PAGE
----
Al Qaeda has reinstated its bloody glory in a fresh battle that has been hailed as ‘the Maghreb’s Battle of Badr’. And in the manner of all previous battles waged by al Qaeda, the scene in the aftermath was chilling: scattered dead bodies and charred remains after the blasts in Casablanca followed by the more ferocious bombing in Algeria that was executed via suicide operations that bore the seal of ‘al Qaeda network in the Islamic Maghreb’. And to complete the scene, al Qaeda uploaded video footage online of the alleged attackers in Algeria as they issued threats against the customary background, the Kalashnikov and the Quran, in the same abhorrent way that reproduced the format invented by al Qaeda leader Osama Bin Laden and his first deputy, Ayman al Zawahiri.
After declaring its union with the network, a move that was blessed by Bin Laden, Algeria’s Salafist Group for Da’wa and Jihad (Preaching and Combat) has become the acting nucleus of the al Qaeda network in North Africa. The videos that showed the culprits prove the aforementioned union ¬– however; the Salafist group is not a newcomer on the scene or a product of last week’s events. In fact, this group has gained extensive guerilla warfare experience and has played a terrible role during the civil violence years in Algeria back in the nineties.
However, the novelty lies in the group determination to employ state-of-the-art technology – especially the Internet and the media ¬– means that were not readily available in the nineties. Prior to last weeks bombings, the Salafist Group had carried out various operations through which it bolstered its media presence by taping the operations and posting the videos online, particularly the attacks that targeted Westerners and personnel who worked in the oil and gas industry in the desert. Later it posted the scenes of the clashes with security forces in Bijaya, which erupted last month.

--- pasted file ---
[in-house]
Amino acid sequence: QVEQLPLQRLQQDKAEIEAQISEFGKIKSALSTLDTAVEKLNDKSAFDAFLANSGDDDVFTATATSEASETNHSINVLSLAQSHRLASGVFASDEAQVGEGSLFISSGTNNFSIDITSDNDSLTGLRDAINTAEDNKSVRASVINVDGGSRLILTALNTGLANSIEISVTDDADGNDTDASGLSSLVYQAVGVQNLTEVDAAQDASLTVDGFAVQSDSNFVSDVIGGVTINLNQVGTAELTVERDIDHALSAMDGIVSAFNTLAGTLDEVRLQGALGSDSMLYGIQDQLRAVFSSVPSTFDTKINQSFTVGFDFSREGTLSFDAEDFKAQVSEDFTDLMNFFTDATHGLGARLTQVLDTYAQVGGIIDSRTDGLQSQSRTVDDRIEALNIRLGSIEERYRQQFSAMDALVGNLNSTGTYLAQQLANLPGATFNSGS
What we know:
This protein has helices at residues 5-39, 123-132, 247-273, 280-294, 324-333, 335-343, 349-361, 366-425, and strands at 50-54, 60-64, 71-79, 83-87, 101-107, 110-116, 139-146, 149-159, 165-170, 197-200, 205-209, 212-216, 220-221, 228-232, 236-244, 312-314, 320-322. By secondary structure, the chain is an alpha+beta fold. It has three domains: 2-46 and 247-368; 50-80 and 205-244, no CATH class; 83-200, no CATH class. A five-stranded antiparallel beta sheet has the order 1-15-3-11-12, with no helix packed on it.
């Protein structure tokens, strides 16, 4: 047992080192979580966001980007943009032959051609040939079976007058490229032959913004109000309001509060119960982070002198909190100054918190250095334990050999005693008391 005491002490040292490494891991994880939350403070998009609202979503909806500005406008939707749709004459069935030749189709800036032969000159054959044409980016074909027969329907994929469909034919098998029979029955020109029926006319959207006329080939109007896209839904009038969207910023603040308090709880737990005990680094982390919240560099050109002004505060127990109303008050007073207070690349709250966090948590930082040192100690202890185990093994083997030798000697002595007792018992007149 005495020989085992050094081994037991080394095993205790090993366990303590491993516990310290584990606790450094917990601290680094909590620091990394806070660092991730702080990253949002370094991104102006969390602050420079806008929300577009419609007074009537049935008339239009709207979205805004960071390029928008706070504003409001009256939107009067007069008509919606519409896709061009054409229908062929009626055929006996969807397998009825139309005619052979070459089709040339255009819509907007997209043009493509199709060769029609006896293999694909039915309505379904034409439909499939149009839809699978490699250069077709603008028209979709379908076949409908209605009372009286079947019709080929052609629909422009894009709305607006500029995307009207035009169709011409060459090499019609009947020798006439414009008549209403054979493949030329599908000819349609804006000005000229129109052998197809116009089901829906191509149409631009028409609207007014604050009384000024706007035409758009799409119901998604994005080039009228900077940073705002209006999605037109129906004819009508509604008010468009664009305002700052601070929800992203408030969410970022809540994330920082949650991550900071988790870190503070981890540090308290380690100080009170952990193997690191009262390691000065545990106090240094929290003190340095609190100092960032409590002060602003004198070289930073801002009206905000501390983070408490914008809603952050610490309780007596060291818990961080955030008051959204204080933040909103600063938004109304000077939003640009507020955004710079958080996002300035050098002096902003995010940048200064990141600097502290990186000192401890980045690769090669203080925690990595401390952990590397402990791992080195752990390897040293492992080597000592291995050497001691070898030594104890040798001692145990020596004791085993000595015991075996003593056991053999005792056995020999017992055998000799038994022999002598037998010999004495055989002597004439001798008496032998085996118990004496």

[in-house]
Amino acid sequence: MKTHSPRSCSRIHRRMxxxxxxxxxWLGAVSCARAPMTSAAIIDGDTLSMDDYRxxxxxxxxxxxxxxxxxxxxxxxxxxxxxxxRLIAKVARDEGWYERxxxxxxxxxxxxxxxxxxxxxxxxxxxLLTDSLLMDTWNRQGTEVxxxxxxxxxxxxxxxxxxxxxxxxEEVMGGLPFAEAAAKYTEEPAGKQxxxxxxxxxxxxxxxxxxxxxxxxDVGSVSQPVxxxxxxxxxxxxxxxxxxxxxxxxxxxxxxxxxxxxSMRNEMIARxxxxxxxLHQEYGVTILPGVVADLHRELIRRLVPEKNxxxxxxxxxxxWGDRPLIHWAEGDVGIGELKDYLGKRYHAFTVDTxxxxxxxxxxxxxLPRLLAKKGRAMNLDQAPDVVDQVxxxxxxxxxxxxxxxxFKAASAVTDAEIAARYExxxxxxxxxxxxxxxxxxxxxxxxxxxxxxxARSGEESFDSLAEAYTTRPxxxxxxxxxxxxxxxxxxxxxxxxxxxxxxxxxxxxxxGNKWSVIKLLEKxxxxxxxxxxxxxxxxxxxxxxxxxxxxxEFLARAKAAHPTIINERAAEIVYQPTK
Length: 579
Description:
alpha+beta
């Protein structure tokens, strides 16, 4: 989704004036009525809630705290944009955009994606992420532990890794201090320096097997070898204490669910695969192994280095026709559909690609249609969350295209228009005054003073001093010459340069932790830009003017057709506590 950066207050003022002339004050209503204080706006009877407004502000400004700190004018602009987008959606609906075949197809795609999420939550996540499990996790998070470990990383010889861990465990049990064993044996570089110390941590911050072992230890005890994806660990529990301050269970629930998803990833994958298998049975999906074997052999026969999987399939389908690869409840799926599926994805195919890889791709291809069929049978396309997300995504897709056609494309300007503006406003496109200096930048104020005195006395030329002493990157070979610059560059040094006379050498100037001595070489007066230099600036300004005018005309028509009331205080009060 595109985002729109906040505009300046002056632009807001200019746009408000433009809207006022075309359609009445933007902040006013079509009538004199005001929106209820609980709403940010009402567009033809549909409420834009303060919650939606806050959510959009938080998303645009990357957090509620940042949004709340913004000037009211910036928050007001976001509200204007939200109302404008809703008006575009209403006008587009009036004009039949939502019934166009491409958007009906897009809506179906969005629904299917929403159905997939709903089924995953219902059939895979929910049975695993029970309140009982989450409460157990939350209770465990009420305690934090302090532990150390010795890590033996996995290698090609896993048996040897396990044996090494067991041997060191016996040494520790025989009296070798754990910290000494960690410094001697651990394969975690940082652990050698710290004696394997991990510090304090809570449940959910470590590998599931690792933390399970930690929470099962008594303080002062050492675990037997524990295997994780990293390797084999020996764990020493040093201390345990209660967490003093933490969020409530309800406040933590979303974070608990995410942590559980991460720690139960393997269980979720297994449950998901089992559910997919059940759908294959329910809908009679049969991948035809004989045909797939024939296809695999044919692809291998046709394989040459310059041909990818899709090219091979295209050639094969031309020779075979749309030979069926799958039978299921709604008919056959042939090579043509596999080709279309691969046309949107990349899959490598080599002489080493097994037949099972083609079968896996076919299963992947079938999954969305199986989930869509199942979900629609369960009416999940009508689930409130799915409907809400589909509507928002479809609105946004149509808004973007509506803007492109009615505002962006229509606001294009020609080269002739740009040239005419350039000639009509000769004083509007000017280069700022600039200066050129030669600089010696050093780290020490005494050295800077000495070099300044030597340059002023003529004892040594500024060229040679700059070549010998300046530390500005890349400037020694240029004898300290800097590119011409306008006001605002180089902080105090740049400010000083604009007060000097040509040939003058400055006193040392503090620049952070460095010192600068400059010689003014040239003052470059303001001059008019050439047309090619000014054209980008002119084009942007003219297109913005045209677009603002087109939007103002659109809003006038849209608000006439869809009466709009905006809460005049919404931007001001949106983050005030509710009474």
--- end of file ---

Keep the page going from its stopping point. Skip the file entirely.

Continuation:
But this exploitation of video technology for propaganda was not utilized by the group when it launched its mass killings in Algeria. Today it has begun to resume its activities making it clear that it intends to reinforce its combat and media presence through videos and online Islamic publicity.
French thinker Gilles Kepel holds that the Internet is the primary and underlying reason for al Qaeda’s success in the September 11 attacks. It is his view that had it not been for the Internet al Qaeda would not have existed, and is moreover of the opinion that the New York and Washington attacks are by-products of the Internet, which in turn has imposed a new form of mobilization.
We should not forget that even at the times when the al Qaeda’s field activity had subsided, the case was quite different when it came to publicity. Undoubtedly, the information boom has become a crucial weapon that allows radical Islamists to make their voices heard to attract many, especially when violence is justified and vindicated through slogans that appeal to the Islamic and Arab public awareness and which can be boiled down to: resisting the West and Israel, defeating the occupation and liberating Palestine. This is furthered by the fact that the Bush administration’s disastrous performance when it came to various issues established a strong claim and pretext for these trends.
It is frightening that al Qaeda may once again, through its exploitation of superhighway information, succeed in mobilizing and convincing many that violence and terrorism are noble political and religious actions. By doing so, it dismantles the killing and death character from these bombings and what remains is violence that is built on mobilization and myths.